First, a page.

Role of Frailty and Comorbidity in Determination of Operability for Patients With Oral and Oropharyngeal Squamous Cell Carcinoma

  • Erik T. Interval
  • Nicholas Whitenack
  • Aru PanwarEmail author
HEAD & NECK: Oral Cavity and Oropharyngeal Cancer (W Lydiatt, Section Editor)
Part of the following topical collections:
  1. Topical Collection on HEAD & NECK: Oral Cavity and Oropharyngeal Cancer
  2. Topical Collection on HEAD & NECK: Oral Cavity and Oropharyngeal Cancer


Purpose of Review

To review the role of frailty and comorbidities in determining operability and associated outcomes in patients with oral and oropharyngeal squamous cell carcinoma.

Recent Findings

Frailty and comorbidity have been linked to multiple adverse outcome measures including risk of mortality, surgical complications, length of stay, intensity of care needs, discharge disposition, risk of readmission, and cost of healthcare delivery. There are diverse objective and validated measures of comorbidity and frailty. Addition of comorbidity and objective frailty measurements has been demonstrated to improve predictive power of nomograms and clinical staging systems for patients with oral and oropharyngeal squamous cell carcinoma. The use of predictive tools that assess frailty may contribute to shared decision making, realistic expectations, and facilitation of appropriate level of care. While emerging literature supports the role of prehabilitation, there is paucity of data in support of such interventions for patients afflicted by oral and oropharyngeal cancer.


Frailty assesses operability beyond anatomic resectability and incorporates key determinants of physical, nutritional, and cognitive well-being. Objective measurements of frailty predict meaningful outcomes following surgery for cancers of the oral cavity and oropharynx. This paper suggests that clinicians should objectively and routinely assess frailty, which may facilitate patient counseling, improved risk stratification, informed decision making, and further research to elucidate relationship of frailty with outcomes in head and neck specific populations.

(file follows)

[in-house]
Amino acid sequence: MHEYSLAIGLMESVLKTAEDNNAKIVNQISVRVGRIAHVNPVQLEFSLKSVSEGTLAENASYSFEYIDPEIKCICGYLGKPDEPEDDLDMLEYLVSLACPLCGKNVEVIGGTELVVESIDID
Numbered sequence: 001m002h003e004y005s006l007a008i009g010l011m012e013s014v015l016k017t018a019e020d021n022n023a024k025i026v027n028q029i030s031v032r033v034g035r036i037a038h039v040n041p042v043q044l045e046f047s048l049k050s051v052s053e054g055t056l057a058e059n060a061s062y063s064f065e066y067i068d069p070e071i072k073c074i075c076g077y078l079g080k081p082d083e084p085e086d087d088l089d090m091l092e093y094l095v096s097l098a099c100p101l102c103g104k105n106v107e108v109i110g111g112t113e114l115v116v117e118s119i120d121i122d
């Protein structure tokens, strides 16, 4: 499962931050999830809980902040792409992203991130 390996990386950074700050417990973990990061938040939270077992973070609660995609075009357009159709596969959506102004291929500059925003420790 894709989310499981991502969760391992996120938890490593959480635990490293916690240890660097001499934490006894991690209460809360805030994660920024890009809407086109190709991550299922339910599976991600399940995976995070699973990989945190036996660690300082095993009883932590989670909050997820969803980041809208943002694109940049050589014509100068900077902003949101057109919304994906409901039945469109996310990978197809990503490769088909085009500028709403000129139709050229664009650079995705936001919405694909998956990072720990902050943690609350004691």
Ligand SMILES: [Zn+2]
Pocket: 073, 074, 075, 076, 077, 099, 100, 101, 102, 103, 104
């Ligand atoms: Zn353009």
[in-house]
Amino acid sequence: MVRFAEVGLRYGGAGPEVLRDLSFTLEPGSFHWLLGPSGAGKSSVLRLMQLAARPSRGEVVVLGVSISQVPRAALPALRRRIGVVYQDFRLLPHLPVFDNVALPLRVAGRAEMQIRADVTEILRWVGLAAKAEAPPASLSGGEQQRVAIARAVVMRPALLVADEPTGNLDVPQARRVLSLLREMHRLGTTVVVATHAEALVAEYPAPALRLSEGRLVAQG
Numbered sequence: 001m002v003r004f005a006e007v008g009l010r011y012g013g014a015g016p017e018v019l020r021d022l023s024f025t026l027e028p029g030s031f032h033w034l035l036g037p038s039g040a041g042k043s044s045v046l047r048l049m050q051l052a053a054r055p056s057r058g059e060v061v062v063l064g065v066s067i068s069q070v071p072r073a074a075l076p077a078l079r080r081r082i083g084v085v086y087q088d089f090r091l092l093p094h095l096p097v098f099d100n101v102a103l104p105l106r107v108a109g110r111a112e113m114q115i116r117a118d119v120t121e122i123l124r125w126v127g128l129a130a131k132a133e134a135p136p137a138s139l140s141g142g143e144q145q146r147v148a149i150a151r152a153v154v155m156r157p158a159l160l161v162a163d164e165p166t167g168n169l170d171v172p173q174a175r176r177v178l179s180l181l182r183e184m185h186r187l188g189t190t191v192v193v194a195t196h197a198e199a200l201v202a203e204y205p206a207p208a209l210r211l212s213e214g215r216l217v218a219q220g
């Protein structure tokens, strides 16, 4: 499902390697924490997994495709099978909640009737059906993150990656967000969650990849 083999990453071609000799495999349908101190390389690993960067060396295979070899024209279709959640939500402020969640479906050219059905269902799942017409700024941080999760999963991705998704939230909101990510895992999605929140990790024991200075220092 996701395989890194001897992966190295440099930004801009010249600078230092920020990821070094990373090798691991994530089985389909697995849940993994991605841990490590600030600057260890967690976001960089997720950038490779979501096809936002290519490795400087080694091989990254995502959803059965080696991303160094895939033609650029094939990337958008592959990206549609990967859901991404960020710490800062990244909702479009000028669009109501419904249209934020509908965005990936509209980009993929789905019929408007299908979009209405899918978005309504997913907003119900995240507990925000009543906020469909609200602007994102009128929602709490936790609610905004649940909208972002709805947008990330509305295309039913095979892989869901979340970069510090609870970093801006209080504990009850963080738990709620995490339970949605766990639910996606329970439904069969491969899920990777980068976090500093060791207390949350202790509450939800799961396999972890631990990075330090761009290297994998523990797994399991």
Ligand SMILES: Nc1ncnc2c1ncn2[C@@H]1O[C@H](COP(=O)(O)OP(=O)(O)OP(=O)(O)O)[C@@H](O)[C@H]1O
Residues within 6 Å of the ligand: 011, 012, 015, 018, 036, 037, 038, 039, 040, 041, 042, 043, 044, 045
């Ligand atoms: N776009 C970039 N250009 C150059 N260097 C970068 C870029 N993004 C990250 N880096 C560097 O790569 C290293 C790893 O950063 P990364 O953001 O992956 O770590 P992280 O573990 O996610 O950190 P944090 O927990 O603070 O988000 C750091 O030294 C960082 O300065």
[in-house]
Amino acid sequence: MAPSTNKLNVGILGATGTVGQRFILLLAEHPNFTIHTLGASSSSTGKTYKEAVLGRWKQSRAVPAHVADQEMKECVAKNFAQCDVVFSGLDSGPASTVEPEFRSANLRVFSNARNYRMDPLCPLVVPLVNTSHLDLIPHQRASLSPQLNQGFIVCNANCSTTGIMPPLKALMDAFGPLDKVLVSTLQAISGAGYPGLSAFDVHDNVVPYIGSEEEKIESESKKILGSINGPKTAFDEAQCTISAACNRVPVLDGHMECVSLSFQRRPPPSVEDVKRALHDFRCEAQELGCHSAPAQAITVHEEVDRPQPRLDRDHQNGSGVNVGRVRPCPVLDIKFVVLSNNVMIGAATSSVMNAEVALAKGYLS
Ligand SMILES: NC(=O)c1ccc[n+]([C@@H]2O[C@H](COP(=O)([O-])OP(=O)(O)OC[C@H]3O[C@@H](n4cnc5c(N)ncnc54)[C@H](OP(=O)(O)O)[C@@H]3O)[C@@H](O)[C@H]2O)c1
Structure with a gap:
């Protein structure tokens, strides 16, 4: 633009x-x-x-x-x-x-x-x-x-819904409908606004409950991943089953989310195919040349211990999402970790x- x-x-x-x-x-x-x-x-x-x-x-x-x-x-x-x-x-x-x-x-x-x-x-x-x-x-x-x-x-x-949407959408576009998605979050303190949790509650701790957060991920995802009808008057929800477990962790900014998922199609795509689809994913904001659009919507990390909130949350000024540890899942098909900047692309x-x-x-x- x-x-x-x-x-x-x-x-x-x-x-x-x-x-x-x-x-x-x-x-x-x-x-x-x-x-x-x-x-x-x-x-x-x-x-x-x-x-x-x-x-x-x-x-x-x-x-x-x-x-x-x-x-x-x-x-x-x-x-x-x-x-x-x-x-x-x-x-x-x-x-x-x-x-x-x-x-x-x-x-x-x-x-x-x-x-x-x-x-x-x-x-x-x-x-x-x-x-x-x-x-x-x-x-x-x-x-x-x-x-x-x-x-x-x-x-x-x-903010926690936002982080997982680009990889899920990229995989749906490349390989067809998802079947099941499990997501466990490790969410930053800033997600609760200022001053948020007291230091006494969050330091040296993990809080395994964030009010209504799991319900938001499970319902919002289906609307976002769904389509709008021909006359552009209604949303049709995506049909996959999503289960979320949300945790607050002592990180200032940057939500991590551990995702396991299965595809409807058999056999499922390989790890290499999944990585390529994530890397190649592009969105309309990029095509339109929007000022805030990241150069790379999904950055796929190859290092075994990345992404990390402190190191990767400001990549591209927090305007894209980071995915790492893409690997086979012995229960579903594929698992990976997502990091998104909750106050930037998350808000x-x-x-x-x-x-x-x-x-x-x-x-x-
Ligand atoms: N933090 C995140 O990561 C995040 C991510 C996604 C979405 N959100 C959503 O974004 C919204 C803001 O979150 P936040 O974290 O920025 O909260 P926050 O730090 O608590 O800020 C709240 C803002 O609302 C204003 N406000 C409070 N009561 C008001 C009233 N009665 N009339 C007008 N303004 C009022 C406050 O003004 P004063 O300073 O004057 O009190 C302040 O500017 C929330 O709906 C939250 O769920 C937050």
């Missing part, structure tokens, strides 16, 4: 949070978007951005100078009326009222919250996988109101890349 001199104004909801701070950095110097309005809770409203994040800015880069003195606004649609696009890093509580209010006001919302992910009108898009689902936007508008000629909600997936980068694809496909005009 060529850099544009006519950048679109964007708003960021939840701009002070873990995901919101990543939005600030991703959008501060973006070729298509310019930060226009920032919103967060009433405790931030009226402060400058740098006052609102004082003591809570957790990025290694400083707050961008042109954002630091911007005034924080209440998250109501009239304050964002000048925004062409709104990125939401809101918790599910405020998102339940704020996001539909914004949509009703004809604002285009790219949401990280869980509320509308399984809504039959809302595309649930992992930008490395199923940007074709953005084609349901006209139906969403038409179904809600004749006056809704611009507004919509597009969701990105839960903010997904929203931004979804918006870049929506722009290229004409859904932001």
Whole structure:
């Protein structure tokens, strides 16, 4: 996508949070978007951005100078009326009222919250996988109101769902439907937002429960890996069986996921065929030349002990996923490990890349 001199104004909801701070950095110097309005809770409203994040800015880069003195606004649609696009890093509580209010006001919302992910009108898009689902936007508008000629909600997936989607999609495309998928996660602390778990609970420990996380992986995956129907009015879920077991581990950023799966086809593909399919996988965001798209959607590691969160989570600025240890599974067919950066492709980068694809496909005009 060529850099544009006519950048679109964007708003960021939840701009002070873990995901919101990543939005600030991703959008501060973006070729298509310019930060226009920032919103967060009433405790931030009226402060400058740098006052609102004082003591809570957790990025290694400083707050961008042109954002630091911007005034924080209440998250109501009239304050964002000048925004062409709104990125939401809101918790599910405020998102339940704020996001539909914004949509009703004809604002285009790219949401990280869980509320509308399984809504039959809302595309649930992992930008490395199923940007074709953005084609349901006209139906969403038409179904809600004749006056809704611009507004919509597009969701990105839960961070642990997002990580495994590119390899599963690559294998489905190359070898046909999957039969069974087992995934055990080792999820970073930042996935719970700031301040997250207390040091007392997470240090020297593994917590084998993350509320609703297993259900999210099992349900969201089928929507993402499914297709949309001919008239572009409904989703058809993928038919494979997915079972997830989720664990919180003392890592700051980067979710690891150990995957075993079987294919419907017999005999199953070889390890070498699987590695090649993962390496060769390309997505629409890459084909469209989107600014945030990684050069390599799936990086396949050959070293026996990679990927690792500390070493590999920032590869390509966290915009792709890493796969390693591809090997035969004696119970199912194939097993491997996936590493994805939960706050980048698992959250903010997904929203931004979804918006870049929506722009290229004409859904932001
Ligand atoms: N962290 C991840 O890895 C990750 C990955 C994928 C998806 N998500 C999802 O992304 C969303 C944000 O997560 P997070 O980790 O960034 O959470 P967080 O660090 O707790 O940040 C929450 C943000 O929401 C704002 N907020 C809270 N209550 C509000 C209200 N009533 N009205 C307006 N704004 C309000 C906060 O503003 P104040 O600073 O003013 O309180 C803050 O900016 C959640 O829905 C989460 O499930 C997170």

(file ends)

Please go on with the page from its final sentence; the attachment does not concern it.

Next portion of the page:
Frailty Outcomes Comorbidity Head and neck cancer Oral cancer Oropharyngeal cancer 


Compliance with Ethical Standards

Conflict of Interest

The authors declare that they have no conflict of interest.

Human and Animal Rights and Informed Consent

This article does not contain any studies with human or animal subjects performed by any of the authors.


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© Springer Science+Business Media, LLC, part of Springer Nature 2019

Authors and Affiliations

  • Erik T. Interval
    • 1
  • Nicholas Whitenack
    • 2
  • Aru Panwar
    • 1
    Email author
  1. 1.Head and Neck Surgical Oncology, Methodist Estabrook Cancer CenterNebraska Methodist HospitalOmahaUSA
  2. 2.Department of SurgeryCreighton University Medical CenterOmahaUSA

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